How did you get started in photography and learn the skills necessary for your practice? I started in photography when I was in high school. I remember being immersed in all creative art classes such as drawing, painting and sculpture but black-and-white photography was what I was immediately the most drawn to and what I wanted to pursue the most. I began learning everything I could about photography in my high school class at sixteen years old, and the learning has only continued since then. The learning is never ending.
After high school, I continued my photo and art education at University of California, Los Angeles, where I received my BFA in design media arts. Then, I later moved to pursue an MFA in photography, video and related media at the School of Visual Arts.
What inspired you to focus on portraiture? Did anyone’s work influence you, and if so, how? I can’t say exactly what it was that steered me toward portraiture, but I do remember the first time I set up studio lights in photo class with the intention of photographing one of my classmates. The assignment was to take a studio portrait, and the moment I started, I felt like portraiture simply had my attention. There is something about photographing a person, capturing them at their most honest and true moments, that just inspires me. Maybe it’s the connection I make with my subject. Maybe it is the challenge of it that excites me. Maybe it’s both.
Some of my earliest influences were photographers like Diane Arbus, Katy Grannan, Dorothea Lange, Annie Leibovitz and Cindy Sherman. These women were inspiring and made epic work—and some still do. I would say that Katy and Cindy were the two who really informed my style. The rawness of their work. The emotionality of their subjects. Those things attracted me and made me want to make work like that.
Tell me about some of your favorite projects you’ve worked on recently. What did you learn about photography from them? Most recently, I have been working on a series of self-portraits—something I have never done the way I currently am. As I have allowed myself to loosely create pictures of myself, I have been able to let myself go back to a time when making pictures didn’t have to have any rules, limits or expectations. I have wanted to embrace the childlike curiosity that comes with being creative, the voice inside my head that tells me: “Don’t think! Just make the picture!”
One thing I have learned through this process is to silence the outside voices that tell me what kind of work I should be making as an artist, the voices that tell me what rules I have to follow in order to make valuable work. The truth is, from my own experience and understanding, you have to listen to your internal voice, that creative, limitless child who began creating things out of necessity and imagination rather than society’s expectations or what “they” say will sell or be on trend. The work has to come from the heart. I’ve realized that sometimes it is inevitable to put limits on our own creativity, but we give ourselves too many boxes to fit into rather than letting ourselves breathe in the vastness of creative possibility. I am happy to be able to let that go.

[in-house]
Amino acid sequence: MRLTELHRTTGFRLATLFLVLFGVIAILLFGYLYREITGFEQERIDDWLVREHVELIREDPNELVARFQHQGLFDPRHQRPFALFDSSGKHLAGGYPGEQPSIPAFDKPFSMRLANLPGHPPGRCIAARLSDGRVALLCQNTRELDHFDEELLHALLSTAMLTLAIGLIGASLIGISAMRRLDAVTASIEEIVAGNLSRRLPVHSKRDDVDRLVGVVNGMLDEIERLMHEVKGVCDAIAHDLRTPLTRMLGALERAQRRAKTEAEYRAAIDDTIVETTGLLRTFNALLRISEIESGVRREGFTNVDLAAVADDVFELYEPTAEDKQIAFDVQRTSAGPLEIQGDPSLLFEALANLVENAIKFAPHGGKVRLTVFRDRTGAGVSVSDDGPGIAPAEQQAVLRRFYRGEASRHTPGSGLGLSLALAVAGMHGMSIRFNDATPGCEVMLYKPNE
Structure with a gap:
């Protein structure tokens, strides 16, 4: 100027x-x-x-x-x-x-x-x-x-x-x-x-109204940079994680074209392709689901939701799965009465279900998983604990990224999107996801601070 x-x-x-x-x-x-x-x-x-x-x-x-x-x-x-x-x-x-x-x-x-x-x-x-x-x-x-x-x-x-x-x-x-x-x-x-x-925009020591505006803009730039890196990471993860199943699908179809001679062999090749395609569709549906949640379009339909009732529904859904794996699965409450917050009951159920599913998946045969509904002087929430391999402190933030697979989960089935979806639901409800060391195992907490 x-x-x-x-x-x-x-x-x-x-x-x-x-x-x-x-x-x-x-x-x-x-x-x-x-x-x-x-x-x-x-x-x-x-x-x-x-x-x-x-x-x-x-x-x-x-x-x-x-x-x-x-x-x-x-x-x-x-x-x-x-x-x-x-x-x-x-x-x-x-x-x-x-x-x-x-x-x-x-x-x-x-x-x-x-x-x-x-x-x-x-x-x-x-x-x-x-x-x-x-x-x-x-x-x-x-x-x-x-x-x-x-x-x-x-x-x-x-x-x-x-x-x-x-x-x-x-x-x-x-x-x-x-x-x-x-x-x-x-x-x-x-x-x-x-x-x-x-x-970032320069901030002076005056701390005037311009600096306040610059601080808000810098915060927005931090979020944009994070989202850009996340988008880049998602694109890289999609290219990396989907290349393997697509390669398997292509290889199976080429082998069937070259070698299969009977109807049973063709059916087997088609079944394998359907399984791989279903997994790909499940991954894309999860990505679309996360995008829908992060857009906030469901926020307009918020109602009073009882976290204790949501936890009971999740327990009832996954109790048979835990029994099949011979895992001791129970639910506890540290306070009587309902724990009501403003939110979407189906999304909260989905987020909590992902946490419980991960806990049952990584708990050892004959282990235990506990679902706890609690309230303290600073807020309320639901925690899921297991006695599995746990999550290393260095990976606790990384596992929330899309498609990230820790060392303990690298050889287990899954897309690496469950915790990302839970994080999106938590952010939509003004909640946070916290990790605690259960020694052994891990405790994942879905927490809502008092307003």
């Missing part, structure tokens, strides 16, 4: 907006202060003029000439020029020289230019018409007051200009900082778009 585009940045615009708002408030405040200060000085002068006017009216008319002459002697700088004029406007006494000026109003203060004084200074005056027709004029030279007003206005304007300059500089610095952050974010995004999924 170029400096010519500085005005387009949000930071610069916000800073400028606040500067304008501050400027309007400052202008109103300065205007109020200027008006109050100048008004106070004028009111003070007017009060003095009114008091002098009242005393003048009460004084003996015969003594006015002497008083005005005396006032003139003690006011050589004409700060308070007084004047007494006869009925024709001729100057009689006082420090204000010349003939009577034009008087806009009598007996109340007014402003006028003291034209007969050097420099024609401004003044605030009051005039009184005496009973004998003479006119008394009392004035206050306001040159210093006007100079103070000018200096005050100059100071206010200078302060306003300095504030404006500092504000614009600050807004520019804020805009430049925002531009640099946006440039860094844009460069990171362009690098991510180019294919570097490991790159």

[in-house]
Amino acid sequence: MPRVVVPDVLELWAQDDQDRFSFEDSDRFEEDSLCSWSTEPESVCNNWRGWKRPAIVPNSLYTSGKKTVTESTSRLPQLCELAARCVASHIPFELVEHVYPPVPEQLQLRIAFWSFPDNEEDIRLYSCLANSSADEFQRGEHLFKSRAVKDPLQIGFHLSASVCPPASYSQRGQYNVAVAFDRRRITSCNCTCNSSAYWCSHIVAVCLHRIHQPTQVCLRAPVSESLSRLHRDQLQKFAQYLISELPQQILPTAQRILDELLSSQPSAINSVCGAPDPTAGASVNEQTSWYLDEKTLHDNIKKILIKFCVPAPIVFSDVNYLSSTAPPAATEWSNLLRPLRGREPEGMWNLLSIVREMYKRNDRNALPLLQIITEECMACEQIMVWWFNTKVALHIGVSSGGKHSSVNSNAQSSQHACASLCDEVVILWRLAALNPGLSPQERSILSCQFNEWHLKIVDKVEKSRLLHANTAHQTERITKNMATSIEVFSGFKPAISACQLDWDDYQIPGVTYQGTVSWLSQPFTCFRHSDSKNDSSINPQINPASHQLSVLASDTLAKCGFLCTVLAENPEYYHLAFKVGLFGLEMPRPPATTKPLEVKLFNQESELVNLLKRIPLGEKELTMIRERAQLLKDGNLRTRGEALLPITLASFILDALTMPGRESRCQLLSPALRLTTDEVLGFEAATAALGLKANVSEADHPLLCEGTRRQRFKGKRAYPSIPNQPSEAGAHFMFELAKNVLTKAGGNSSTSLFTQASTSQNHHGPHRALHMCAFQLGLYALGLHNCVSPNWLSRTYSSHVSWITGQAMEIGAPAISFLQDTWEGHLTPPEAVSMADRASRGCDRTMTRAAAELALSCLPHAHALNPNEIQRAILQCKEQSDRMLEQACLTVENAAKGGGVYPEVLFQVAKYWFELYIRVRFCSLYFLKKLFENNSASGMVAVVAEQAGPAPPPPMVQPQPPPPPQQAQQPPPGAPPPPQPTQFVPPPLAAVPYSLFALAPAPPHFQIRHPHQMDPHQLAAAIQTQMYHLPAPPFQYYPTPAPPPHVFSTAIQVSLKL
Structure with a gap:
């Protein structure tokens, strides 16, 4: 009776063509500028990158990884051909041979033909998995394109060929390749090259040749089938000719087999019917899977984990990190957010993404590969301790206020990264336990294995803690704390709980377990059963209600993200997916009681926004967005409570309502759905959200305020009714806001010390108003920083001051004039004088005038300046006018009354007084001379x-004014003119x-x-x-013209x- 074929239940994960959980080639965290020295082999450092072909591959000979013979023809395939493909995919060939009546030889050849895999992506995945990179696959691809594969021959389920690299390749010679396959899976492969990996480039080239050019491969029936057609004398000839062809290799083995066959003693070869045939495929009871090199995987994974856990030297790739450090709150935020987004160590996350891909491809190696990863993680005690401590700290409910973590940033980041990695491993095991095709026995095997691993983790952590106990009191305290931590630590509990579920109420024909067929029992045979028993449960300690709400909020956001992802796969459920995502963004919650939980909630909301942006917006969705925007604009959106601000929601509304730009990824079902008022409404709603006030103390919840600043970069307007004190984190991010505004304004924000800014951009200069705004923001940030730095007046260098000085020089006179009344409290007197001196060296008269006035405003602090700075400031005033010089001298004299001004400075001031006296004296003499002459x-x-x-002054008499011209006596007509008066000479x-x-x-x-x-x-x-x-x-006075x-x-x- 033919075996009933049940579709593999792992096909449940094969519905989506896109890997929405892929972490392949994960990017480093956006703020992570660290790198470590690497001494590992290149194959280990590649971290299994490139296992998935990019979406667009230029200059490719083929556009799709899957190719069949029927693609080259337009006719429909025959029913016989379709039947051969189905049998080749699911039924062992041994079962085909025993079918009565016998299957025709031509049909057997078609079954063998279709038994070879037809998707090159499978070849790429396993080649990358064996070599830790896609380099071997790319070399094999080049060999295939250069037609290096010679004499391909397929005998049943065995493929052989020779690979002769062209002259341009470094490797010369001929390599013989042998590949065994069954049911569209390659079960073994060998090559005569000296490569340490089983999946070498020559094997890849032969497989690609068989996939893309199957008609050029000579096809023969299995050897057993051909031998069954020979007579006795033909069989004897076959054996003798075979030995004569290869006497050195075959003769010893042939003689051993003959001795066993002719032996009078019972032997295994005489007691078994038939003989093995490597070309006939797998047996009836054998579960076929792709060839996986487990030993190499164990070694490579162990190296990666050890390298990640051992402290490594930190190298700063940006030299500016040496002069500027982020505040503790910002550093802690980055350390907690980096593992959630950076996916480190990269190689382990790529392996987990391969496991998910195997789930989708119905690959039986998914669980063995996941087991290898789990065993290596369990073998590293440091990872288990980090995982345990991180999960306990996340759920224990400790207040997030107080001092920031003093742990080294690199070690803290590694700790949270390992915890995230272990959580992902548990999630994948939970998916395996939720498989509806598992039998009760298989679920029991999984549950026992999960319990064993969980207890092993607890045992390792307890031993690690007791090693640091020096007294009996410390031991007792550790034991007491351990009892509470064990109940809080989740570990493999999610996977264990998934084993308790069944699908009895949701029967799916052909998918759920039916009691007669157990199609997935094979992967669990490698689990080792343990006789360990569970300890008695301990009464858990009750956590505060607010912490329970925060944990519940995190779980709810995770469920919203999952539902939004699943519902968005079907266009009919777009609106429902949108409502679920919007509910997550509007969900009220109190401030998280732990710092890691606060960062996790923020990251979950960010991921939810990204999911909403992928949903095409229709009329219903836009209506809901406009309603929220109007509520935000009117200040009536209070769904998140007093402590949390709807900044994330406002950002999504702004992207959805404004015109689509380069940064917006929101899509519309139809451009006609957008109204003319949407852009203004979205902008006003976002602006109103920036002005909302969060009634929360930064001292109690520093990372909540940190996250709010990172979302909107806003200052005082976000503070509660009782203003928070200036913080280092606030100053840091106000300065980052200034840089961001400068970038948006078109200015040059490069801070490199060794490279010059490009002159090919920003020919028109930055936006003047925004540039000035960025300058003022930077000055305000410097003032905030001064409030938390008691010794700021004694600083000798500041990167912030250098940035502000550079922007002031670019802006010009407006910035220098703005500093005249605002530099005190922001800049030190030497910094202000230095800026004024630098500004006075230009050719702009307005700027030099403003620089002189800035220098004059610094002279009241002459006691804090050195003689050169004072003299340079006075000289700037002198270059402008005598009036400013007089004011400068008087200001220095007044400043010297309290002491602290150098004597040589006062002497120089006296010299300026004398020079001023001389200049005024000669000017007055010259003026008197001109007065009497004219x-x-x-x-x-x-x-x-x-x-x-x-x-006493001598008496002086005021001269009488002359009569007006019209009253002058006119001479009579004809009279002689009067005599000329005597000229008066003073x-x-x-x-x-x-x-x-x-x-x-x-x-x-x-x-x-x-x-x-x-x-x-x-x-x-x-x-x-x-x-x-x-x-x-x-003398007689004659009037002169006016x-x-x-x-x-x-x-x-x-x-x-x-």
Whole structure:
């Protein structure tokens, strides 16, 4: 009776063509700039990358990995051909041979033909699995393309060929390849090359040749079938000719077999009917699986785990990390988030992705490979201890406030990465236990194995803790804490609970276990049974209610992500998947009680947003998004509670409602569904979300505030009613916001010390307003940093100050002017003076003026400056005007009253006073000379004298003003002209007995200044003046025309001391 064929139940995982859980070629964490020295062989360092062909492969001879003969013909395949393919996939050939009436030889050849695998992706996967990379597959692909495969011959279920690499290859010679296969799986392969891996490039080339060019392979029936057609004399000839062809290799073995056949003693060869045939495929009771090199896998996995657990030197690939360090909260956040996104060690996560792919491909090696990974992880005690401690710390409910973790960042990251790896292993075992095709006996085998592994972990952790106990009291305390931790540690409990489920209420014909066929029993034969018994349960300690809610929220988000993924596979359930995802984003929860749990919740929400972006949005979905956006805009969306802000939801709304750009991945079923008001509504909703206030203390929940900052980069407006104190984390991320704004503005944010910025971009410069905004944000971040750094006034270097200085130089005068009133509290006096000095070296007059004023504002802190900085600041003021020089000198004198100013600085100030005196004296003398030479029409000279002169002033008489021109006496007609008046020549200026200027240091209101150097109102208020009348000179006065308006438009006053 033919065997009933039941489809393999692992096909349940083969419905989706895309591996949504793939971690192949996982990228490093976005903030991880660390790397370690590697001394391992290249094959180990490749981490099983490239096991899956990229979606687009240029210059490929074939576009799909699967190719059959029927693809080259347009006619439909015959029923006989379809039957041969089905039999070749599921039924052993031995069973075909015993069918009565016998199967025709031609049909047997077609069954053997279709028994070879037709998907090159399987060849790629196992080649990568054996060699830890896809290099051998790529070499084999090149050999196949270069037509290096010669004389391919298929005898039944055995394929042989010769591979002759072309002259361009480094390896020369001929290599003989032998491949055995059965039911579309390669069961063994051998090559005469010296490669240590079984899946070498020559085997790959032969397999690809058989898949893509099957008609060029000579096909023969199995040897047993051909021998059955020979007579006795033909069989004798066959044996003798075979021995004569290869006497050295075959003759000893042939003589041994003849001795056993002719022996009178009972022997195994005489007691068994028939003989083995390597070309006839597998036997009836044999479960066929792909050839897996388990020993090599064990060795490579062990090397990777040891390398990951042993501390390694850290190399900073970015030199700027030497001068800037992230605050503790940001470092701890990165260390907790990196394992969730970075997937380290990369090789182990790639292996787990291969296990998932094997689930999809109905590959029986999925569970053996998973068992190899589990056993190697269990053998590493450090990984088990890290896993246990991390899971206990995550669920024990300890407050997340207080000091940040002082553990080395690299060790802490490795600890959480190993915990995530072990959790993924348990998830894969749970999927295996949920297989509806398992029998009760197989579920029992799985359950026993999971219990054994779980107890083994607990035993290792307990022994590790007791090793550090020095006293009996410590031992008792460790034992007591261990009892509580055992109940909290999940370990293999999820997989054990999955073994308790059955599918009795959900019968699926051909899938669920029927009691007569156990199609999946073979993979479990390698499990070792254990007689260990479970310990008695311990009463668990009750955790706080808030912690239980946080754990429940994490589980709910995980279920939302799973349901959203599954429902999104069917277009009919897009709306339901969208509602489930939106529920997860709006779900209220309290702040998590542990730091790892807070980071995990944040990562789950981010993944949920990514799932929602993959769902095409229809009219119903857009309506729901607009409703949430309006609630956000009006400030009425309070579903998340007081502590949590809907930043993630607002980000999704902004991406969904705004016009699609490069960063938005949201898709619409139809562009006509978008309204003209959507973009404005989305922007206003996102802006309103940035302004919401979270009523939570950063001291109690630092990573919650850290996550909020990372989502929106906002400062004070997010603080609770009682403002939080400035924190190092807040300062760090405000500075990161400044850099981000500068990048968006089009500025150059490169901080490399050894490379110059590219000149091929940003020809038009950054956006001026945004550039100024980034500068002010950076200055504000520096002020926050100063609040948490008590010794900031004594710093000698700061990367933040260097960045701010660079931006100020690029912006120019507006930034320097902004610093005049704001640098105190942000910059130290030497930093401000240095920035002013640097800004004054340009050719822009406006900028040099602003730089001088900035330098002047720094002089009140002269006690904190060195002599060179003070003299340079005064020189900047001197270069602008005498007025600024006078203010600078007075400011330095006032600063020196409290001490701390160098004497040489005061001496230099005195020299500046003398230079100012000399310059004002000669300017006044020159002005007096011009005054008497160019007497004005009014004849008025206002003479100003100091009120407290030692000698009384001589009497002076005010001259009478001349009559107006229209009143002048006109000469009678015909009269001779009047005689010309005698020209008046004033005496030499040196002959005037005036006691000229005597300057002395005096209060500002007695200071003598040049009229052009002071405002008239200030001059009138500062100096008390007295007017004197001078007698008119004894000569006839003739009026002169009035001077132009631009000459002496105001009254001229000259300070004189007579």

You’ve worked on multiple projects taking portraits of transgender and queer people, such as The Book of Skin: Shangrila and Work in Progress. How do these works humanize them at a time when their lives are so abstracted and politicized? In my opinion, the trans experience has always been about the human experience. The blossoming that comes with the trans and queer experience physically, emotionally and mentally is not unlike the experiences we al have as human beings who, at some point, discover who we are and what our identities are, and then hopefully blossom into the true selves we were always meant to be. The trans and queer person’s experience has the power to teach us so much about our own powers of transformation. It has the power to teach us about our own identities and challenges us to question whether we are living our truth.
These projects, in particular, put the viewer face to face with people who may or may not have a perceived physical difference from the cis-heteronormative world we live in. But their experiences are not unlike everyone in the world who somehow has to come to terms with parts of who they are and how their identities are defined. In my opinion, the trans and queer experience in part teaches us about honesty and authenticity. They have one of the most human experiences there is, and I have always had the intention to reveal this in my work through sensitivity, care and honesty.